Ryan Braun is appealing the positive test for synthetic testosterone leaked to the media less than a week ago.
He'll be trying to do what no one else has done successfully and try to get the test – and pending 50-game suspension – thrown out.
Apologists are coming to the defence of Braun, whose reputation had been unblemished until news of the test result. His union boss, Michael Weiner, says not to rush to judgment in the case of the 28-year-old National League MVP.
His defence will be as hard-hitting as Braun is. A spokesman for the player says there are "highly unusual circumstances' surrounding the finding of synthetic testosterone in Braun's urine, and that when the whole story is told to an arbitrator next year, the Milwaukee Brewer left fielder will be exonerated.
We'll give him that much. But even if we don't take the righteous stance – that a positive test is a positive test, and a cheat is a cheat – the fact remains that baseball's drug testing policy has at once succeeded and raised big questions.
Commissioner Bud Selig's office can point to the fact that baseball's drug tests have apparently nailed one of the game's ranking stars. But that also shows that athletes are still taking banned substances, still performing feats of power with chemical assistance – synthetic chemicals no less. This was supposed to be the post-drug era, when the fields were safe again for kids to play on, when the Great American Pastime had outgrown the drug scandals that conjured the names of Barry Bonds and Jose Canseco.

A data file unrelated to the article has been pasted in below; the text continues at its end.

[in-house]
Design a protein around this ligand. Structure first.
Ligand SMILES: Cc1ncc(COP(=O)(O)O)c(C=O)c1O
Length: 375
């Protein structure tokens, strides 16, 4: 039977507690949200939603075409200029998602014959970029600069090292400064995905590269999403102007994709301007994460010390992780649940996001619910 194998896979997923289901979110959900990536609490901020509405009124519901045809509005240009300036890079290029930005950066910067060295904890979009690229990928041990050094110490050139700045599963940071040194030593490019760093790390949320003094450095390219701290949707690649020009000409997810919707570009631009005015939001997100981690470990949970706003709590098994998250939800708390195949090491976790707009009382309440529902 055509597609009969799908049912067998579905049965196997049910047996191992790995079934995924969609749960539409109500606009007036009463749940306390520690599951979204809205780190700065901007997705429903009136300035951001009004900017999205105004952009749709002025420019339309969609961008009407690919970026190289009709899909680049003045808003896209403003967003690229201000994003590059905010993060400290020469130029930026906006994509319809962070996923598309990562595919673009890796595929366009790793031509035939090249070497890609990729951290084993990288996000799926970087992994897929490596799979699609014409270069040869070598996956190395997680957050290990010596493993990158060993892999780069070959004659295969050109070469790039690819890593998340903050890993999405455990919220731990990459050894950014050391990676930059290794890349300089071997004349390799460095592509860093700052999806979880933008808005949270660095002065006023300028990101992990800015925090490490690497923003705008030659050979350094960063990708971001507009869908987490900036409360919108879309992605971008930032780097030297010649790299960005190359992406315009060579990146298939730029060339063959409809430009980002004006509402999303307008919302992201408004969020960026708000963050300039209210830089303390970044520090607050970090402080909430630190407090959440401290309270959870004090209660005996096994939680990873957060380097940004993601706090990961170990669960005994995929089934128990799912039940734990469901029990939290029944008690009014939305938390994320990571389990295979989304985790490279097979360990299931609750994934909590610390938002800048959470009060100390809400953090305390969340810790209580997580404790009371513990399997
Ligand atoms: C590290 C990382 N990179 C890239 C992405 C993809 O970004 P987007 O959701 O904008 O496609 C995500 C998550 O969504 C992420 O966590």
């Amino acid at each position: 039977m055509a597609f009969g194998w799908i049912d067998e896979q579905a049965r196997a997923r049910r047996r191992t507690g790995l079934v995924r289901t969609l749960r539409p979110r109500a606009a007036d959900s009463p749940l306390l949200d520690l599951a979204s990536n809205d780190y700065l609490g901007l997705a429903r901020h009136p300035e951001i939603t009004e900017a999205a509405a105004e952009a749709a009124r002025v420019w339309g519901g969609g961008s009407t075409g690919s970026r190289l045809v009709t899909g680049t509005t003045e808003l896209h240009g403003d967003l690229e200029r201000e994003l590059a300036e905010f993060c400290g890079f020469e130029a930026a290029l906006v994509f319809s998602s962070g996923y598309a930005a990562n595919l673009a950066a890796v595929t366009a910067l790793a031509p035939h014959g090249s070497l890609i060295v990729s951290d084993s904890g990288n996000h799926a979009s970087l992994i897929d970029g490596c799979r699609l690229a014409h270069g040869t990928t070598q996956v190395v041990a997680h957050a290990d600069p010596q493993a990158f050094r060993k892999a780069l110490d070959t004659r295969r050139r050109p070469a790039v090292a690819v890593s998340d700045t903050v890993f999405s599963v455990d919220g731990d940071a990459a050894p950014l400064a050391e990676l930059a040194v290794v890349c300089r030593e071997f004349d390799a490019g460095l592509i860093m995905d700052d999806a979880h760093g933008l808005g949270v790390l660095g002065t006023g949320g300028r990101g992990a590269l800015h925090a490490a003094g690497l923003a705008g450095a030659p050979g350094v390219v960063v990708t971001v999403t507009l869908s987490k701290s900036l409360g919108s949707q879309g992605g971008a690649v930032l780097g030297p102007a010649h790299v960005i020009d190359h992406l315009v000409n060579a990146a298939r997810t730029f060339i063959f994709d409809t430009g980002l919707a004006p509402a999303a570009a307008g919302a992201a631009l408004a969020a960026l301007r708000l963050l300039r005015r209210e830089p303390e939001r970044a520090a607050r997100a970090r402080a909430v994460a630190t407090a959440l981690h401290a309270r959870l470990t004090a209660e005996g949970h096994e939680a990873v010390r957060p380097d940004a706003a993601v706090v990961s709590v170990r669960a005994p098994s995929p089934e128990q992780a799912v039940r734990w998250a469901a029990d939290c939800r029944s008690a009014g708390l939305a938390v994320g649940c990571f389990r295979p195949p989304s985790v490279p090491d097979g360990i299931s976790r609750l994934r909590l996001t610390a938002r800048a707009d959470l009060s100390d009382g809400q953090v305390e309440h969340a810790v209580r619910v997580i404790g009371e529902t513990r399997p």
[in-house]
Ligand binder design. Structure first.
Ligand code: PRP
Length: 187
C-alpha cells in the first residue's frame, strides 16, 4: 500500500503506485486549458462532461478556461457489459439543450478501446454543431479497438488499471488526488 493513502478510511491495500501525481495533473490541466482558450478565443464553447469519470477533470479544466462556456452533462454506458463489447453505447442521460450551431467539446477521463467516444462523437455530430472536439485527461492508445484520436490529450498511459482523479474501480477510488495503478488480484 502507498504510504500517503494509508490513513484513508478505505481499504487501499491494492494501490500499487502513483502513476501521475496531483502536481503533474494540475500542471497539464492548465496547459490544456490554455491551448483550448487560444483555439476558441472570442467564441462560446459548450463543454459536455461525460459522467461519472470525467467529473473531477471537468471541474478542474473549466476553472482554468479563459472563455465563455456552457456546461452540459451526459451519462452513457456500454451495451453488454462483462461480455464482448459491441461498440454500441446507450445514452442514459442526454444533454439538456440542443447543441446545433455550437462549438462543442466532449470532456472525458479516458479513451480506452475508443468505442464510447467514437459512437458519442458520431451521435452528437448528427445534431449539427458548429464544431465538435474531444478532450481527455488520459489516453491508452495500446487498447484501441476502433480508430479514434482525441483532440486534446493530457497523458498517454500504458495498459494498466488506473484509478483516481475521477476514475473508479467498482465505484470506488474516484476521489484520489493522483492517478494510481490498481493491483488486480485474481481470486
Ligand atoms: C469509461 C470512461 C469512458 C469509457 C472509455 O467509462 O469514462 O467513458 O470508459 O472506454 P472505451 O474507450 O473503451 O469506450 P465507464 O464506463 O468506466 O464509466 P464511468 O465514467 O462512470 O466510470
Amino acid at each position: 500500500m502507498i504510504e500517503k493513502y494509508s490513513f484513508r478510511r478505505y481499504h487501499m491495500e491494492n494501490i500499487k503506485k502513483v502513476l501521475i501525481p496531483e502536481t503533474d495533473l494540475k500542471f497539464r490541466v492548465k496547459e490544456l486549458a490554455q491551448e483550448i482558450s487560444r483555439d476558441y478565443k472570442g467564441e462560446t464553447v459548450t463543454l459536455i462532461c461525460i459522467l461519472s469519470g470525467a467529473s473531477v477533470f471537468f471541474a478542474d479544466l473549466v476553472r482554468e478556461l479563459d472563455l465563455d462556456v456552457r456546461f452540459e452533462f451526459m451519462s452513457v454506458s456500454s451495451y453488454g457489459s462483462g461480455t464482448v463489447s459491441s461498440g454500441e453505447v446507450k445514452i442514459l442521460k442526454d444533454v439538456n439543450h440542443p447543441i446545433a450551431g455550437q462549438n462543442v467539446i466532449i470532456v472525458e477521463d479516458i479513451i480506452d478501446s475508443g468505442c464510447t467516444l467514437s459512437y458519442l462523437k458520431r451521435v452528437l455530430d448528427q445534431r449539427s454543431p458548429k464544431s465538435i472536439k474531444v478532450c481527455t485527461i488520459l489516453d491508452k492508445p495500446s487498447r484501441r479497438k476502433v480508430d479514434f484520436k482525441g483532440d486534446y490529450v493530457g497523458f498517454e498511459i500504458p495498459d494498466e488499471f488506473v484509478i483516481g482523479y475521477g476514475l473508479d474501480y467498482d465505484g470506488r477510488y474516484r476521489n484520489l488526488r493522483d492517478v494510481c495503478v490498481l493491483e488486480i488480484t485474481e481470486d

Author Mark Kreidler makes the solid point in an ESPN editorial that in baseball, "drug-free is a conceit that bumps up against inconvenient truths... If anything, the dedicated core of cheaters – not all, mind you, or even most, but a core – has long since moved on to less-detectable substances."
The BALCO scandal taught us that there are short-acting creams and gels and other preparations which athletes used to gain advantage and possibly avoid detection by standard urine tests. There were substances which the baseball drug detection policy didn't keep pace with. So, it was time for a reality check.
The new collective bargaining agreement between major league baseball owners and players stipulates blood-testing for human growth hormone (HGH) in spring training and unannounced off-season testing and "reasonable-cause testing" in-season. Braun's case is the death knell of whatever innocence baseball had left – but it was time.